Most people living with HIV think carefully about whether or not to tell people that they have HIV (sometimes called disclosure). People often make different choices in relation to friends, family, children, sexual partners, employers and others.

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Telling people you have HIV news selected from other sources

  • 'My mother died without telling me I had HIV'

    Some parents in Kenya take the secret of their HIV status to their graves, leaving their children ignorant and unwell.

    04 July 2019 | BBC News
  • How preschools can do more to support children living with HIV

    Thanks to antiretroviral therapy, children living with HIV are likely to live much longer than they would without treatment. They will go to school like other children and develop in much the same way. But how much do their teachers and peers need to know about their HIV-positive status? And what is the best way of managing their particular health needs at preschool level?

    25 June 2019 | The Conversation
  • The Listening Project: I’ll Speak About it All Day Long (sound file)

    Two 17-year-old girls infected with HIV as babies discuss their common experience in the BBC's Listening Project, a sound archive of our modern times.

    25 April 2019 | BBC
  • Challenging My Own Bigotry

    An HIV-negative gay man confronts his history with men living with the virus.

    25 April 2019 | Poz
  • Why Do Study Participants Misreport Their HIV Status?

    Why do some study volunteers misreport their HIV status to researchers? Maybe they misunderstood the conditions for incentive payments or the question itself, speculated the authors of a recent study on the subject. Or maybe the questions were not phrased in a way that is easy for laypersons to understand, countered David Malebranche, M.D., M.P.H., of Morehouse School of Medicine.

    24 April 2019 | The Body Pro
  • Tanzania study finds two-thirds of HIV positive women tell their partners

    Study reveals higher levels of disclosure than previously thought among women in Tanzania, especially amongst those in relationships where sexual and reproductive health issues are discussed.

    23 April 2019 | Avert
  • ‘Demeaning’ to portray counsellor as HIV-positive sex worker – Kenyan court

    Though the world is moving towards de-stigmatising HIV/AIDS, it is still not difficult to imagine a court awarding damages to someone who is publicly – but either without their permission or else incorrectly – said to be living with the condition.

    11 April 2019 | Legal Brief
  • Talking to Children About Terminal Illness

    New guidelines call for speaking openly with children when they or their parents face life-threatening diseases.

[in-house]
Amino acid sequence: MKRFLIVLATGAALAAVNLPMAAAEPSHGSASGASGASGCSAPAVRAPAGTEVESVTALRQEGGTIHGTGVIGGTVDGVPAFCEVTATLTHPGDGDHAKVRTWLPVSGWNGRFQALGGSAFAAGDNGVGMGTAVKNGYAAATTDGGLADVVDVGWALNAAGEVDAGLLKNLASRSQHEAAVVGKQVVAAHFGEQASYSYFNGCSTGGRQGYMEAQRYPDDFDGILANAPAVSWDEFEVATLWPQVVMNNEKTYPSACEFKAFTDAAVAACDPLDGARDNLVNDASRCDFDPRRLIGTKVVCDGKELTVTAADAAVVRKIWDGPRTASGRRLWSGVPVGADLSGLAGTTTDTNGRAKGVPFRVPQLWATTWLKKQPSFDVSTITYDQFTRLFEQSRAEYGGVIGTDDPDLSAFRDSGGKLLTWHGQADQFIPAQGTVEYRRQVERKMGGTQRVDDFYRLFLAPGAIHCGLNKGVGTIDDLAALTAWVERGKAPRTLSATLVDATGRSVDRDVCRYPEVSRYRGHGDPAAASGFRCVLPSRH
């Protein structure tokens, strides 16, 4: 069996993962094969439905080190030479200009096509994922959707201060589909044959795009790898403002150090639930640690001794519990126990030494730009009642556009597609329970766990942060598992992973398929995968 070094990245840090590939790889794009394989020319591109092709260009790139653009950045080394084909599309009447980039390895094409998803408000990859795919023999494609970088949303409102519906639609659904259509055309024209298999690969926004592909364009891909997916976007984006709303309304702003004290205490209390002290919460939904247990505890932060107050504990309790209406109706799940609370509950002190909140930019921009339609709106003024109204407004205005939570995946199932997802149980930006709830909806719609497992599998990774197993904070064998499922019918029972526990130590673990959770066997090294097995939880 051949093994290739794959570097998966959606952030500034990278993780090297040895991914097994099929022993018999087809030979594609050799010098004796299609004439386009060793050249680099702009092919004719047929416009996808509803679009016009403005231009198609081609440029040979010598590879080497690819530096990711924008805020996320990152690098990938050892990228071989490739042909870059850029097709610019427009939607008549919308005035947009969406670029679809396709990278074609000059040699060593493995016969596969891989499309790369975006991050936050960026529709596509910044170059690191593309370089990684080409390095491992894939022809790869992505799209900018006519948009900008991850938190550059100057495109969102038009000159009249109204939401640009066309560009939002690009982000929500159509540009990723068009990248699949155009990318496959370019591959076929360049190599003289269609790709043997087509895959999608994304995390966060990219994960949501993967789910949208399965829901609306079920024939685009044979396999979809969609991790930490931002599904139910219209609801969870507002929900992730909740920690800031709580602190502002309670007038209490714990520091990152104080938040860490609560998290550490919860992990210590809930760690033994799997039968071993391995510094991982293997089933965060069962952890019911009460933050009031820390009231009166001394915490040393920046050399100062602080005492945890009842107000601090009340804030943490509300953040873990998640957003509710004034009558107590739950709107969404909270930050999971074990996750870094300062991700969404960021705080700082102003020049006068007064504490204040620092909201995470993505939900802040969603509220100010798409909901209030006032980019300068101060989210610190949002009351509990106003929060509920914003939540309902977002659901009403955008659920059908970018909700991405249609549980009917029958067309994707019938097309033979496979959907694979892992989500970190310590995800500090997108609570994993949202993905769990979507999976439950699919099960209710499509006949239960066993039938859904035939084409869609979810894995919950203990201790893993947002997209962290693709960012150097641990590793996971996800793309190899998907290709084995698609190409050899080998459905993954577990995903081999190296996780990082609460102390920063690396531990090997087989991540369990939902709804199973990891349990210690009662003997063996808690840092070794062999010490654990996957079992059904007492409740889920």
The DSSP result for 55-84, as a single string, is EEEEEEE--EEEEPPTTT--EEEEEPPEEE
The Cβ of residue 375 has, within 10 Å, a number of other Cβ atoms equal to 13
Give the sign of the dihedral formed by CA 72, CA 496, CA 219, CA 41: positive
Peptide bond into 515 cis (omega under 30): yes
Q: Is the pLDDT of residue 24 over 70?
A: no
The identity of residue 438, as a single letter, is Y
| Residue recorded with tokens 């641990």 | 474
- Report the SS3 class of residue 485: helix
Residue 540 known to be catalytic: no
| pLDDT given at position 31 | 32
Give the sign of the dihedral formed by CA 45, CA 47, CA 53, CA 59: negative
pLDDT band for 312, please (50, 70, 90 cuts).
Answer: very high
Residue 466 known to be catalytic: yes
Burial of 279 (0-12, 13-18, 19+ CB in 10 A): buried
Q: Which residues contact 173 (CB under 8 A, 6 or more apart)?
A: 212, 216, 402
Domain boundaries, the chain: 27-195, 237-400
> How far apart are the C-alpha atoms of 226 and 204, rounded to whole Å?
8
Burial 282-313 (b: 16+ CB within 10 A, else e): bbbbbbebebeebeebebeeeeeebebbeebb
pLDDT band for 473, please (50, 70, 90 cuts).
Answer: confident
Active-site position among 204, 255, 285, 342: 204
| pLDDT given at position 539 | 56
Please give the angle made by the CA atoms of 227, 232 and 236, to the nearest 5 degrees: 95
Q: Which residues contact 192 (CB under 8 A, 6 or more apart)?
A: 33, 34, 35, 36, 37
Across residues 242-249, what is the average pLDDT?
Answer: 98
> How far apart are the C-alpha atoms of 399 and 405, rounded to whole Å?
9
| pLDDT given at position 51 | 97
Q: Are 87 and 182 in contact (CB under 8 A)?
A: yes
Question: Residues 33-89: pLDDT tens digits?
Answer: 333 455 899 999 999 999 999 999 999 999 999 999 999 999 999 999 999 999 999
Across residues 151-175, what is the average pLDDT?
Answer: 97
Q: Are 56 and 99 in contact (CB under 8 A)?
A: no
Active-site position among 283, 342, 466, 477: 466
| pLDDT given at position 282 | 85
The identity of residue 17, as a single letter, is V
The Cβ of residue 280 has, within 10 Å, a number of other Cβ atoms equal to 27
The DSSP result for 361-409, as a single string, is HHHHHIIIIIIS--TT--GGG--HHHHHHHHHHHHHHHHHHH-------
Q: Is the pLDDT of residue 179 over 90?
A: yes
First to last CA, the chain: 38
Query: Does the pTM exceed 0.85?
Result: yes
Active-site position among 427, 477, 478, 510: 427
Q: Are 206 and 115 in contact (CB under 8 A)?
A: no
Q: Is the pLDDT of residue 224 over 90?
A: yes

18 March 2019 | New York Times
  • Switchboard: Homophobia, HIV and hoax calls

    Switchboard, the LGBT helpline, took its first call from a tiny office in the basement of a bookshop in King's Cross on 4 March 1974. To mark the 45th anniversary, people have been sharing memories of a charity that's helped millions across the world.

    05 March 2019 | BBC
  • Relationship counseling encourages couples HIV testing

    Lynae Darbes, associate professor in the School of Nursing at the University of Michigan, developed an intervention designed to improve the likelihood that couples will decide to engage in HIV testing together. The idea was that providing relationship skills to couples would improve their communication and their relationship in general, and this would in turn improve their ability to talk about sex and HIV--as well as HIV testing.

    08 February 2019 | Eurekalert Medicine & Health
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  • Detailed, comprehensive information, using medical and specialised language.
Community Consensus Statement on Access to HIV Treatment and its Use for Prevention

Together, we can make it happen

We can end HIV soon if people have equal access to HIV drugs as treatment and as PrEP, and have free choice over whether to take them.

Launched today, the Community Consensus Statement is a basic set of principles aimed at making sure that happens.

The Community Consensus Statement is a joint initiative of AVAC, EATG, MSMGF, GNP+, HIV i-Base, the International HIV/AIDS Alliance, ITPC and NAM/aidsmap
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This content was checked for accuracy at the time it was written. It may have been superseded by more recent developments. NAM recommends checking whether this is the most current information when making decisions that may affect your health.

NAM’s information is intended to support, rather than replace, consultation with a healthcare professional. Talk to your doctor or another member of your healthcare team for advice tailored to your situation.